Ornithodoros erraticus

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Ornithodoros erraticus
Scientific classification
Kingdom: Animalia
Phylum: Arthropoda
Subphylum: Chelicerata
Class: Arachnida
Subclass: Acari
Order: Ixodida
Family: Argasidae
Genus: Ornithodoros
Species: O. erraticus
Binomial name
Ornithodoros erraticus
Lucas, 1849[1]

Ornithodoros erraticus is a species of tick in the family Argasidae. The tick was described by Hippolyte Lucas in 1849.


The tick is native to the Middle East and Mediterranean.[2] It is one of the more common soft ticks to bite humans.[2] Their main food sources in Spain are pigs; the tick has been found in pig pens in the provinces of Salamanca, Badajoz, and Huelva.[3] The only human habitats the tick can enter are places in poor condition.[4]


This species carries the pathogenic Qalyub[5] and African swine fever viruses and the spirochetes Borrelia crocidurae and B. hispanica.[2] When the tick is infected by B. crocidurae, the disease affects its genetic organ, the testes in males and the ovaries in females. The tick transmits the African swine fever virus only in Spain and Portugal.[6]

The tick feeds at night, ingesting blood to repletion in about 15 minutes. Small mammals are the most common hosts;[7] this species rarely bites humans, preferring other vertebrates.[4] The tick has substances in its saliva, such as antihaemostatic, anti-inflammatory, and immunomodulatory molecules, which help the tick get blood from the host and transfer pathogens easily.[8] Major factors in their feeding relationship are mating, recent feeding, and size.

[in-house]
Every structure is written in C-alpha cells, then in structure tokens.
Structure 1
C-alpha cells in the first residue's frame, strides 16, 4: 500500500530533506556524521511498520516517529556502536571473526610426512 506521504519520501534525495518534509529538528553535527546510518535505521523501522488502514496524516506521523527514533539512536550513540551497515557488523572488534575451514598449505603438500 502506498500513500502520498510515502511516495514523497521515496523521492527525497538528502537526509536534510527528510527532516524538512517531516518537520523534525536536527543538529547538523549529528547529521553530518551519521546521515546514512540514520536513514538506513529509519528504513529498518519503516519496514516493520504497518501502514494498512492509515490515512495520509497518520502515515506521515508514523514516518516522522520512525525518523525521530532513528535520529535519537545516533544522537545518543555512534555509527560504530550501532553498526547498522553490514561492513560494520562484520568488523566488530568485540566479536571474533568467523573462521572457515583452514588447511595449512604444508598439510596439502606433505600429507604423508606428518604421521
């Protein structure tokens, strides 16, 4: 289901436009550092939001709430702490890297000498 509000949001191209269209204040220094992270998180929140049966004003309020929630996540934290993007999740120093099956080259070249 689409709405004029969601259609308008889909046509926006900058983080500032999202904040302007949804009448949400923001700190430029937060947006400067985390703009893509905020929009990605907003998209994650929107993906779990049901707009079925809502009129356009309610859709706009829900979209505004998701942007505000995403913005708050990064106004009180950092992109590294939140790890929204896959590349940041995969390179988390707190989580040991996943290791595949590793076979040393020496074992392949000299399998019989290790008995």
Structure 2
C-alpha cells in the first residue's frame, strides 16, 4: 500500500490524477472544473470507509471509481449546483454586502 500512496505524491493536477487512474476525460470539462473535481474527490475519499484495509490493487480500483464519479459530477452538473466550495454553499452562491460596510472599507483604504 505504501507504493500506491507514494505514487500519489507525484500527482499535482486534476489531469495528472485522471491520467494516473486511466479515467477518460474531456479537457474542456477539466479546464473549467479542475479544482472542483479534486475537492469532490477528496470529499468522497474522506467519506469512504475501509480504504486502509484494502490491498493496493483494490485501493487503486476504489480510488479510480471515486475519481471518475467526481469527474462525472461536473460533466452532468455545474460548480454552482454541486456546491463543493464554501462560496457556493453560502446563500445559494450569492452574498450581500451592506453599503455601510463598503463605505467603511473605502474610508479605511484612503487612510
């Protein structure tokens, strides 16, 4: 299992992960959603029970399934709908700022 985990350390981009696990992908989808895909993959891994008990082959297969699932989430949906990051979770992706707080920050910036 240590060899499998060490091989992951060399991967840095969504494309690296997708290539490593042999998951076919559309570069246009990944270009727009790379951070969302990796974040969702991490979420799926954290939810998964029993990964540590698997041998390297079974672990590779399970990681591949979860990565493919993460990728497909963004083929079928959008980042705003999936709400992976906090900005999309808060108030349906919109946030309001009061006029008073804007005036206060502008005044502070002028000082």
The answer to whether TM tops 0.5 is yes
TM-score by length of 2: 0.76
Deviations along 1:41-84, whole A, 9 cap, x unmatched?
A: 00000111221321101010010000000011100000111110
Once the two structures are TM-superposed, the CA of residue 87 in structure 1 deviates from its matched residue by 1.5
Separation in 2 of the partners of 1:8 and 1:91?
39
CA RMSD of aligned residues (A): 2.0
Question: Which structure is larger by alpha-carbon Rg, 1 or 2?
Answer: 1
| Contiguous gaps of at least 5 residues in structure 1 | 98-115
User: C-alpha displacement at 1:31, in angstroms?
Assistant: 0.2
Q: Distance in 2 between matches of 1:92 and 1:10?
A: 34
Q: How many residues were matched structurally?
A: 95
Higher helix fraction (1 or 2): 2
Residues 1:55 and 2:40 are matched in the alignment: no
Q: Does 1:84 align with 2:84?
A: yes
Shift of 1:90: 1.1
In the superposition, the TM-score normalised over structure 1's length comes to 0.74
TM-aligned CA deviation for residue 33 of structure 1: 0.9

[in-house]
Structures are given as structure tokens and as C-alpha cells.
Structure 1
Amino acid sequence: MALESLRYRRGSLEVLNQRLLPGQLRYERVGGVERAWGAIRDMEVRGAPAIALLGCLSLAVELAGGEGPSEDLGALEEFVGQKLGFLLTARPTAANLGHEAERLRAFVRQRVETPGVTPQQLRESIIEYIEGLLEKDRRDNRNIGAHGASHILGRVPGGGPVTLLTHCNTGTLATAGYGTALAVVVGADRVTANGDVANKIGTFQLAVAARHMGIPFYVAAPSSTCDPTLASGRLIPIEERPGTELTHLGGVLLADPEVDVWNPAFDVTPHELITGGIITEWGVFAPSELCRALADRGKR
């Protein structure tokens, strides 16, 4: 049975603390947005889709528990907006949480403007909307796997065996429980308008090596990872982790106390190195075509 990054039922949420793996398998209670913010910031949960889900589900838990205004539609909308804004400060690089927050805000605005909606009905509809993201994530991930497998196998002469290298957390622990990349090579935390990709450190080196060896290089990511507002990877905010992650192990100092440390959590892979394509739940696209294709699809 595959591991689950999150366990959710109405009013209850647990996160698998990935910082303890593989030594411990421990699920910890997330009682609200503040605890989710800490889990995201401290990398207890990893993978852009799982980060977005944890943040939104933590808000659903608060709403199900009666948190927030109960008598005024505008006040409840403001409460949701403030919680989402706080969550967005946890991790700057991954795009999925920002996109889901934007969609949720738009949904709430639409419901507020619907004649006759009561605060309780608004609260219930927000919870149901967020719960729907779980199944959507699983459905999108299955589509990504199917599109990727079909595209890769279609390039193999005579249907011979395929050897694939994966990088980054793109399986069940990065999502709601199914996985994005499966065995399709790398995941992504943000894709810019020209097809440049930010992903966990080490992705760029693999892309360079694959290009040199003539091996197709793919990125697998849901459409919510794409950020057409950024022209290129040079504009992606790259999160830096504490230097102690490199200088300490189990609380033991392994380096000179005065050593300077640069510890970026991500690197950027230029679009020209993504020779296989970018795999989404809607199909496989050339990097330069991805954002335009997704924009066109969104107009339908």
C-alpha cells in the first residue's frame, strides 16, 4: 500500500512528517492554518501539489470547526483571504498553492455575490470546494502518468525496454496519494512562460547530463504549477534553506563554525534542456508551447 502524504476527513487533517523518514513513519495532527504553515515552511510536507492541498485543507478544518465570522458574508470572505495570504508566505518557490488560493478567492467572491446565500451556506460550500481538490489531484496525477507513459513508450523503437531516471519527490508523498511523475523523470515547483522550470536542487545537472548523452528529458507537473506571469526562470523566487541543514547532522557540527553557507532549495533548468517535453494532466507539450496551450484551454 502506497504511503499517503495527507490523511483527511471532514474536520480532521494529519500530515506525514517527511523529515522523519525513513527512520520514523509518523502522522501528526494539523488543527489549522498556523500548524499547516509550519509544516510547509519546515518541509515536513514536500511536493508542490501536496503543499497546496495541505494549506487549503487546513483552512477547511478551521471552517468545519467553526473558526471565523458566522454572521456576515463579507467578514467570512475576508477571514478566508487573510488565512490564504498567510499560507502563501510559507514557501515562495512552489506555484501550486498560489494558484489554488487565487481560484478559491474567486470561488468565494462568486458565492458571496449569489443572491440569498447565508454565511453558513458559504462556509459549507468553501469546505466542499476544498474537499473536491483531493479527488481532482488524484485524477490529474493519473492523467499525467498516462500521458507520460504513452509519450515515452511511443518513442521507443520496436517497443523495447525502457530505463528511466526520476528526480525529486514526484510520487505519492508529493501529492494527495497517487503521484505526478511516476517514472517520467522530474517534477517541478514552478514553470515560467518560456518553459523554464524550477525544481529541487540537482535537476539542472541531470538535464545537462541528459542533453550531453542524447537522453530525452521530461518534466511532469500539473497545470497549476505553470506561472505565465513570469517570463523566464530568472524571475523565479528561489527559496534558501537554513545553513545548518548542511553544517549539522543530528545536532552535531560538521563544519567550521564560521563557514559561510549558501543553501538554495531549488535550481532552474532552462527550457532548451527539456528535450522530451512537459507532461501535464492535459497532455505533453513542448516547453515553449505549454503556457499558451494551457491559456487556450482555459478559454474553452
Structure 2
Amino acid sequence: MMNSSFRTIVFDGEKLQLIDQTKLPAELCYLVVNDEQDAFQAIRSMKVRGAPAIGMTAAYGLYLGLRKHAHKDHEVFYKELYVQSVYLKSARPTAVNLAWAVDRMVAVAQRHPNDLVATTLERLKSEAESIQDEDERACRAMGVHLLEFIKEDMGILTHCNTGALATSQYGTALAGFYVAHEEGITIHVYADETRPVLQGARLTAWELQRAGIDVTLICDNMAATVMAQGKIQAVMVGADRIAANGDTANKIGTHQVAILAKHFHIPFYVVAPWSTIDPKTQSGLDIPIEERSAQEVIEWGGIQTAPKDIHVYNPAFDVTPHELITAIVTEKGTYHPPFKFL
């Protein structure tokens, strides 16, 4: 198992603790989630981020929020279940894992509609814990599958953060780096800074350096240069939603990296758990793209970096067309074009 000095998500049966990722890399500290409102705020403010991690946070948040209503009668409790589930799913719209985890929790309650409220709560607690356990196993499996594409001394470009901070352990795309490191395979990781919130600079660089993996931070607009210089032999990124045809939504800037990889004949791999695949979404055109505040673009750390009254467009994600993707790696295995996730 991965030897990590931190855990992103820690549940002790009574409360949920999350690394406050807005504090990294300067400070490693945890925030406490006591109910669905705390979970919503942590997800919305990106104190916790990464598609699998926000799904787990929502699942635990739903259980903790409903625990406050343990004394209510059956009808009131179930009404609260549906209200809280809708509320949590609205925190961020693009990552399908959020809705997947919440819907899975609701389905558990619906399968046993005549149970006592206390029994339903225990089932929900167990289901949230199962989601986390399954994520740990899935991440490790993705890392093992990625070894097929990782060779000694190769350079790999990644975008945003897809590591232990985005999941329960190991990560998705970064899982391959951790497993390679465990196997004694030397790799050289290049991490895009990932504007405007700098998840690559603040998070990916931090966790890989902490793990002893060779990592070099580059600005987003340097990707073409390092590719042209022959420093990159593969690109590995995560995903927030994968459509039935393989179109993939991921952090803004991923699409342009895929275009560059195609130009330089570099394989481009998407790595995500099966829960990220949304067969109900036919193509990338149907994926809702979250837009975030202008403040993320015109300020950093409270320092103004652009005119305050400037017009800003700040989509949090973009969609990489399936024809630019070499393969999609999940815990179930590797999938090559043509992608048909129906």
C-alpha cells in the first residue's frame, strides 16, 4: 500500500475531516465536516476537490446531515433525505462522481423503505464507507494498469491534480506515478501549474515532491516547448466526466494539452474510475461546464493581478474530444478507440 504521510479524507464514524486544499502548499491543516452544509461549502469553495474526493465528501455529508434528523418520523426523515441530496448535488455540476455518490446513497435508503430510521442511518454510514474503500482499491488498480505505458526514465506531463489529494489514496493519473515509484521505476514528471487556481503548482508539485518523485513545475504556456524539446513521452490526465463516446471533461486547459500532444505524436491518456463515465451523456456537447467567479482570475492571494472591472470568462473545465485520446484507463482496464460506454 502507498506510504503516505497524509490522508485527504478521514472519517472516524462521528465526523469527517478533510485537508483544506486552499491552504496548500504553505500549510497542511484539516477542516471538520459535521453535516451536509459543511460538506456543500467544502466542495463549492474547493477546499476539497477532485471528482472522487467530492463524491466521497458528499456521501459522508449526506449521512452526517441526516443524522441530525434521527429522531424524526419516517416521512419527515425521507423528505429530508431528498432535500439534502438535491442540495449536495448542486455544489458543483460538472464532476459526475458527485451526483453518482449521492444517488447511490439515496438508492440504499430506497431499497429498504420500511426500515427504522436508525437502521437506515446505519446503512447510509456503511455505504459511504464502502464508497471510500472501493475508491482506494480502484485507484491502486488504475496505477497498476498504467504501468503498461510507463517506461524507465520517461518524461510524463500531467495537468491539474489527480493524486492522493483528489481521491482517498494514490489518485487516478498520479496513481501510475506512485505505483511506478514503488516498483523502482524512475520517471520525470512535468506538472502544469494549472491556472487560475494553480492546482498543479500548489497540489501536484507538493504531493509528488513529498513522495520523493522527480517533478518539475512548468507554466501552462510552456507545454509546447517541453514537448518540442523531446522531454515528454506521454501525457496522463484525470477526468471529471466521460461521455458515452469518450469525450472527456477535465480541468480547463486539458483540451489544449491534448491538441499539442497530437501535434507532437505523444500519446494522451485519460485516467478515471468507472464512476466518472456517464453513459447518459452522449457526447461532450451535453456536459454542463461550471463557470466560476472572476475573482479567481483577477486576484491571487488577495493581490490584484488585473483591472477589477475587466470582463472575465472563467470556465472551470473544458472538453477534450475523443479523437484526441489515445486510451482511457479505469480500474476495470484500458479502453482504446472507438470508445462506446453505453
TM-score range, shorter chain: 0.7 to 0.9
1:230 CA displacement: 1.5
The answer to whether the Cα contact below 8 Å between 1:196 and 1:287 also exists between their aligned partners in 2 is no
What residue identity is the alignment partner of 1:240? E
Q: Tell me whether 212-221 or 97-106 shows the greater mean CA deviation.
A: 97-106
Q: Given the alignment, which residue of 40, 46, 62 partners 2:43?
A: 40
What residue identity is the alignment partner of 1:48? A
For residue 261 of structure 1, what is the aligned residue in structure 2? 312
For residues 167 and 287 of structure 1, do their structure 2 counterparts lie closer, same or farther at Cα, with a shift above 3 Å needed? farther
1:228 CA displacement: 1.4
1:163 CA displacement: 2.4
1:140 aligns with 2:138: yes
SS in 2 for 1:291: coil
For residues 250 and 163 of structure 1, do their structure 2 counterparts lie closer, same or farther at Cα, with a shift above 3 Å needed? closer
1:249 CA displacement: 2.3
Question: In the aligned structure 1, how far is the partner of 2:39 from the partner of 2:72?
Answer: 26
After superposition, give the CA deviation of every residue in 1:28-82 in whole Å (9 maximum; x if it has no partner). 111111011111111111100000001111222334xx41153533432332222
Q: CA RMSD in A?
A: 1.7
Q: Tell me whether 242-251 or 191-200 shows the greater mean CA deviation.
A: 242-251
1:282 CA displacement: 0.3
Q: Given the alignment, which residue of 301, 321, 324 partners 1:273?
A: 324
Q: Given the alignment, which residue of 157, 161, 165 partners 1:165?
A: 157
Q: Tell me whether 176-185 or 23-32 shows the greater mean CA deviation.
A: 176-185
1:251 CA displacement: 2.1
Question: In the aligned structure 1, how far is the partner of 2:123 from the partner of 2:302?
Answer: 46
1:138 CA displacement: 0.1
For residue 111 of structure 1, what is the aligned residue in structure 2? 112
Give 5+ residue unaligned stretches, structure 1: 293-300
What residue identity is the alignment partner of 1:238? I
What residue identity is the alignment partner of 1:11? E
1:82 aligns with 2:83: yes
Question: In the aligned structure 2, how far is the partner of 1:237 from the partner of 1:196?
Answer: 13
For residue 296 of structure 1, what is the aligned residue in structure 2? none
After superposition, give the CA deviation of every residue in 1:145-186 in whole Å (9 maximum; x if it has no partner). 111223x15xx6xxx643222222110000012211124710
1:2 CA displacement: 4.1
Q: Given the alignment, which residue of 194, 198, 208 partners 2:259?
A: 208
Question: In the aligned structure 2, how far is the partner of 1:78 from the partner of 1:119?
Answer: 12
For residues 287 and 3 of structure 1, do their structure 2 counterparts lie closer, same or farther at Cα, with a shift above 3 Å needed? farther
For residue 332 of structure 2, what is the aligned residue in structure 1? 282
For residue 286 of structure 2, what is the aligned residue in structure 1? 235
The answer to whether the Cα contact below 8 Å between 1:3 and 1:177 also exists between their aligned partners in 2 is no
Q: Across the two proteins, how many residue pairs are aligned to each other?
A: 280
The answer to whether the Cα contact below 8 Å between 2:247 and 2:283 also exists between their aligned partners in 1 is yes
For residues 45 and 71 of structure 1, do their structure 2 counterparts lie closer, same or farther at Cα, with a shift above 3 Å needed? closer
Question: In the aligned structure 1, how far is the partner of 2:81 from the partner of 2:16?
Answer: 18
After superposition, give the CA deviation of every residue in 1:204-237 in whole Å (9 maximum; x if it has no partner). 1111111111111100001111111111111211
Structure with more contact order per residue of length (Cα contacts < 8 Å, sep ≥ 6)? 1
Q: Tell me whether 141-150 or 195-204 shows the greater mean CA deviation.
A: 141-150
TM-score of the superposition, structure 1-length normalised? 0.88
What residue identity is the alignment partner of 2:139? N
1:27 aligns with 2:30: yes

Some strains of entomopathogenic fungi have been found to be effective against this tick and others in the genus Ornithodoros in a study which concluded the fungi could be used as biocontrol agents for argasid ticks;[9] the name of this is called hyperparasitism.[10]


  1. ^ Hallan, Joel (24 March 2008). "Argasidae" (text). Catalog of the Acari. Texas A&M University Department of Entomology. Retrieved 17 December 2009. 
  2. ^ a b c Estrada-Peña, A.; Jongejan, F. (September 1999). "Ticks feeding on humans: a review of records on human-biting Ixodoidea with special reference to pathogen transmission". Experimental and Applied Acarology. 23 (9): 688. doi:10.1023/A:1006241108739. 
  3. ^ Oleaga-Pérez, A; Pérez-Sánchez, R; Encinas-Grandes, A (1990). "Distribution and biology of Ornithodoros erraticus in parts of Spain affected by African swine fever". The Vetenary Record. 126 (2): 32–37. doi:10.1136/vr.126.2.32. PMID 2301109. 
  4. ^ a b National Research Council (U.S.). Division of Medical Sciences; Division Of Medical Sciences, National Research Council (U.S.) (1962). Tropical health: a report on a study of needs and resources. National Academies,. p. 497. Retrieved 2010-06-02. 
  5. ^ Kurstak, Edouard; R.G. Marusyk, F.A. Murphy, and M.H.V. Van Regenmortel (1990). Applied Virology Research, Volume 2: Virus Variability, Epidemiology, and Control. New York, New York: Plenum Publishing Corporation. p. 341. ISBN 0-306-43359-1. 
  6. ^ Mullen, Gary; Mullen, Gary Richard; Durden, Lance (2009). Medical and Veterinary Entomology. Academic Press. p. 519. ISBN 978-0-12-372500-4. Retrieved 2010-06-02. 
  7. ^ D. Feigin, Ralph (2004). Textbook of pediatric infectious diseases, Volume 2. Elsevier Health Sciences. p. 1696. ISBN 978-0-7216-9329-3. Retrieved 2010-06-02. 
  8. ^ Oleaga, Ana; Escudero-Población, Andrés; Camafeita, Emilio; Pérez-Sánchez, Ricardo (November 2007). "A proteomic approach to the identification of salivary proteins from the argasid ticks Ornithodoros moubata and Ornithodoros erraticus (2007)". Insect biochemistry and molecular biology. 37 (11): 1149–59. doi:10.1016/j.ibmb.2007.07.003. PMID 17916501. 
  9. ^ Zabalgogeazcoa, I; Oleaga, A; Pérez-Sánchez, R (2008-12-20). "Pathogenicity of endophytic entomopathogenic fungi to Ornithodoros erraticus and Ornithodoros moubata (Acari: Argasidae)". Veterinary Parasitology. 158 (4): 336–343. doi:10.1016/j.vetpar.2008.09.019. PMID 18976863. 
  10. ^ Helmy, N; Khalil, GM; Hoogstraal, H (February 1983). "Hyperparasitism in Ornithodoros erraticus". Journal of Parasitology. 69 (1): 229–33. doi:10.2307/3281305. PMID 6827441. 

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